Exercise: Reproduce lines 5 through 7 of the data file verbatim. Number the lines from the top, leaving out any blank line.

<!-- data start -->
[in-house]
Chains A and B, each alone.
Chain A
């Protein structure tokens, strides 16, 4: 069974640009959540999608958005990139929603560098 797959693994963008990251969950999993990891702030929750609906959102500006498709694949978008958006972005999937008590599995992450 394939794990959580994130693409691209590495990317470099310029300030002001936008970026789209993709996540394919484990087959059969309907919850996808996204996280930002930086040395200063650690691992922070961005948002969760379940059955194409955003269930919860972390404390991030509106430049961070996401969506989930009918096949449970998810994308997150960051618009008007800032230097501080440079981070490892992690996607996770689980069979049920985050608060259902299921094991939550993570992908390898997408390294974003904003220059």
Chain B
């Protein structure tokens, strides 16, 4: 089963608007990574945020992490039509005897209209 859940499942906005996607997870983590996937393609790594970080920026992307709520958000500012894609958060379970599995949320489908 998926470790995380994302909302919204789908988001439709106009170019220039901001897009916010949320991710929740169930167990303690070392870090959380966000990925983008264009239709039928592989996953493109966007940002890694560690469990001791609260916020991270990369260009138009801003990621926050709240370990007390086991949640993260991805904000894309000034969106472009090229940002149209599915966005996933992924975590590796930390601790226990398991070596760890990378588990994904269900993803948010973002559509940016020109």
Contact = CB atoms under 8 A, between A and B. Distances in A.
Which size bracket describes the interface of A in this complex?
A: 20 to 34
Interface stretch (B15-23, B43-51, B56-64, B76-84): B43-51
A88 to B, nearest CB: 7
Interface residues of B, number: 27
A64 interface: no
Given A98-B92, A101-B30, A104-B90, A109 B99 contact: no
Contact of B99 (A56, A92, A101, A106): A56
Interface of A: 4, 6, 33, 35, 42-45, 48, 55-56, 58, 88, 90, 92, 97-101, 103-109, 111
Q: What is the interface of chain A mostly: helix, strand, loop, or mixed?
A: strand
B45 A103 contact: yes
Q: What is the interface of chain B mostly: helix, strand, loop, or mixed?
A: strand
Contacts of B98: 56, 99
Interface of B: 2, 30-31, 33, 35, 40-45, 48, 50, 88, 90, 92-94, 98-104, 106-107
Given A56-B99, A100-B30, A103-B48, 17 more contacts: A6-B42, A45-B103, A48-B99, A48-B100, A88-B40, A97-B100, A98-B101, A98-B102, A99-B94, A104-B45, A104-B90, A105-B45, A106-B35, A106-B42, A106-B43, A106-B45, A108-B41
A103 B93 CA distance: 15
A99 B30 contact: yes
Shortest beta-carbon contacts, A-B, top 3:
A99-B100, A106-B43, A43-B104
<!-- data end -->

Chain B
């Protein structure tokens, strides 16, 4: 089963608007990574945020992490039509005897209209 859940499942906005996607997870983590996937393609790594970080920026992307709520958000500012894609958060379970599995949320489908 998926470790995380994302909302919204789908988001439709106009170019220039901001897009916010949320991710929740169930167990303690070392870090959380966000990925983008264009239709039928592989996953493109966007940002890694560690469990001791609260916020991270990369260009138009801003990621926050709240370990007390086991949640993260991805904000894309000034969106472009090229940002149209599915966005996933992924975590590796930390601790226990398991070596760890990378588990994904269900993803948010973002559509940016020109």
Contact = CB atoms under 8 A, between A and B. Distances in A.